I thought a pandemic would increase my reading, but it has done the opposite. I’ve found myself too distracted, too tired or too pre-occupied with life at home to do much other than collapse onto the couch in the evening. What is slowly drawing me back into the rhythm of regular reading again are audiobooks and rereads.
There’s something comforting and pleasantly familiar about rereading a beloved classic. So I was especially grateful for the free review copy of the Sense and Sensibility edition of a new series by Karen Swallow Prior. In this series of lovely, cloth-bound books, bestselling author and literature professor, guides readers through classics with insightful introductions and vast footnotes. What a good study Bible will do for you as you read Scripture – cultural context, definitions, and thematic clues – Prior’s guide does for reading and reflecting classics.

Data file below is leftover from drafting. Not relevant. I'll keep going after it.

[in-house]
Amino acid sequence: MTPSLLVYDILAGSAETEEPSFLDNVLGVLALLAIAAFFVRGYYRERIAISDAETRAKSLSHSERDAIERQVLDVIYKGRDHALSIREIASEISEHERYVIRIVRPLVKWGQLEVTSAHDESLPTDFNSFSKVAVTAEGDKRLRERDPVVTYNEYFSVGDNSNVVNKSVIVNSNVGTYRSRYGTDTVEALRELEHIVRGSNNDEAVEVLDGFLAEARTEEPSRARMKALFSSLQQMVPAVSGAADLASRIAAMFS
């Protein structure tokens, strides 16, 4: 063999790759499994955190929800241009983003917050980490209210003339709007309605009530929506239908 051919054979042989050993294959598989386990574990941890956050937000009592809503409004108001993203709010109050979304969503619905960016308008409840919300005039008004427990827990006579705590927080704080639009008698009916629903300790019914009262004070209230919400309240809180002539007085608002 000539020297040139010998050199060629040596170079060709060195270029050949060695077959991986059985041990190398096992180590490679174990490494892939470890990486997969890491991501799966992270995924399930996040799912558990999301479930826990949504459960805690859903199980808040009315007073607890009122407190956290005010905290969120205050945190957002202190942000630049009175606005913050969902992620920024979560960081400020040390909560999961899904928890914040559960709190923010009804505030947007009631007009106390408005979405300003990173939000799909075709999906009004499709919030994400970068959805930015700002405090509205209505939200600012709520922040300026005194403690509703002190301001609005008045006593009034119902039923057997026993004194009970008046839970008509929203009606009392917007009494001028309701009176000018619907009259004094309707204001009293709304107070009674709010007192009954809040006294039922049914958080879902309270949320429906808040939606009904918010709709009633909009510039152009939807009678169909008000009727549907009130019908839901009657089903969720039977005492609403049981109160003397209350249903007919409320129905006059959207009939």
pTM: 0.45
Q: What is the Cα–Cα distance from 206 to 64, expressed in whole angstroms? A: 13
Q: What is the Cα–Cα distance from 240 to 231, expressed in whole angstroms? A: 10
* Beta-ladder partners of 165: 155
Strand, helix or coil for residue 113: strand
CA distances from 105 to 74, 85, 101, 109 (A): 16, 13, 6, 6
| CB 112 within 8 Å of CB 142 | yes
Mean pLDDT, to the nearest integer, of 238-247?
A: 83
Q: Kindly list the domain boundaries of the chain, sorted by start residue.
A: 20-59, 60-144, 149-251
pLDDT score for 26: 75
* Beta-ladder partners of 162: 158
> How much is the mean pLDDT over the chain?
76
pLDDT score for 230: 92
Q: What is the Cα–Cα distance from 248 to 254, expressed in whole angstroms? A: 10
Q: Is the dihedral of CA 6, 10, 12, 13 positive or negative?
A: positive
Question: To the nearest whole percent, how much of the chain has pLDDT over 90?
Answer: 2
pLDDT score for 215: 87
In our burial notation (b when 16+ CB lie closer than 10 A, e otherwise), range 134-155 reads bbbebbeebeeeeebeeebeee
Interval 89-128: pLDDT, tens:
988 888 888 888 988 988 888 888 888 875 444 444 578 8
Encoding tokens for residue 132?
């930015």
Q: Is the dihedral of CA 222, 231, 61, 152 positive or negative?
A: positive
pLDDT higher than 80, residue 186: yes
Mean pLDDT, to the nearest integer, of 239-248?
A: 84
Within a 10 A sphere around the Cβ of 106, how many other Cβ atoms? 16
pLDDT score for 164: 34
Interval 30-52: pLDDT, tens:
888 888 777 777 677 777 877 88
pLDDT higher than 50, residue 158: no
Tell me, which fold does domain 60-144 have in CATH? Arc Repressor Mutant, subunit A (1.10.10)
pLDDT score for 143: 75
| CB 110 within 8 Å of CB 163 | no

Even though I’ve read all of Austen’s work multiple times, I appreciated Prior’s educated insights and I especially loved the reflection questions after each volume. What a wonderful addition to my Austen shelf. It would also make a stellar gift for any Austen fan.
Another thing that has helped me stay sane during these surreal times is to surround myself with as much beauty as possible. I especially love each of these editions of Sense and Sensibility.
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I have now read and thoroughly enjoyed another in Karen’s series of classics – Heart of Darkness by Jospeh Conrad. I’m the type of person who enjoyed much of their high school required reading. But Heart of Darkness was among the titles I didn’t appreciate when I read it as a teen. I found it a bit confusing and just too, well, dark. Prior’s insights were so helpful when coming back to this title as an adult. It’s been 16 years since I last read it and I appreciated the background on Conrad’s life, both personal and professional. Prior’s notes and reflection questions were a good guide as I navigated this novel for a second time. It’s still not my favorite classic, but I feel like I at least redeemed my first reading with Prior’s help. It also didn’t hurt that the book was lovely.